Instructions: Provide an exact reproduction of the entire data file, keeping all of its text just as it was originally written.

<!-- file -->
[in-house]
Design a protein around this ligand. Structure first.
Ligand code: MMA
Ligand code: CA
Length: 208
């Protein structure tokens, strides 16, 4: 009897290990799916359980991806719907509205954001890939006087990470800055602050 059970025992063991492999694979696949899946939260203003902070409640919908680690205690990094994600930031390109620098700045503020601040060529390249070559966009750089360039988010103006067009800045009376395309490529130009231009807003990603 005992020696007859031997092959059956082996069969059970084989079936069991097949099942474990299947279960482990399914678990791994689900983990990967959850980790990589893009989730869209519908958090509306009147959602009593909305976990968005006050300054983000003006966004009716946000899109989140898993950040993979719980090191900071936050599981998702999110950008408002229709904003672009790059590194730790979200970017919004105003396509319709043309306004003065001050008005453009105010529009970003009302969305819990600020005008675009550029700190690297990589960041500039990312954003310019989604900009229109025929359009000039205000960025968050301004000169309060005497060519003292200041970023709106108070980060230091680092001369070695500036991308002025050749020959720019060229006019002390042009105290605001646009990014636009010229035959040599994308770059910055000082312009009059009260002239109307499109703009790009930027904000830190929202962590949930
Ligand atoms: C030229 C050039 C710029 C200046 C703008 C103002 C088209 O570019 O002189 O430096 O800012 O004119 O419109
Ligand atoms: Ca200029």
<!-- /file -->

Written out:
[in-house]
Design a protein around this ligand. Structure first.
Ligand code: MMA
Ligand code: CA
Length: 208
């Protein structure tokens, strides 16, 4: 009897290990799916359980991806719907509205954001890939006087990470800055602050 059970025992063991492999694979696949899946939260203003902070409640919908680690205690990094994600930031390109620098700045503020601040060529390249070559966009750089360039988010103006067009800045009376395309490529130009231009807003990603 005992020696007859031997092959059956082996069969059970084989079936069991097949099942474990299947279960482990399914678990791994689900983990990967959850980790990589893009989730869209519908958090509306009147959602009593909305976990968005006050300054983000003006966004009716946000899109989140898993950040993979719980090191900071936050599981998702999110950008408002229709904003672009790059590194730790979200970017919004105003396509319709043309306004003065001050008005453009105010529009970003009302969305819990600020005008675009550029700190690297990589960041500039990312954003310019989604900009229109025929359009000039205000960025968050301004000169309060005497060519003292200041970023709106108070980060230091680092001369070695500036991308002025050749020959720019060229006019002390042009105290605001646009990014636009010229035959040599994308770059910055000082312009009059009260002239109307499109703009790009930027904000830190929202962590949930
Ligand atoms: C030229 C050039 C710029 C200046 C703008 C103002 C088209 O570019 O002189 O430096 O800012 O004119 O419109
Ligand atoms: Ca200029």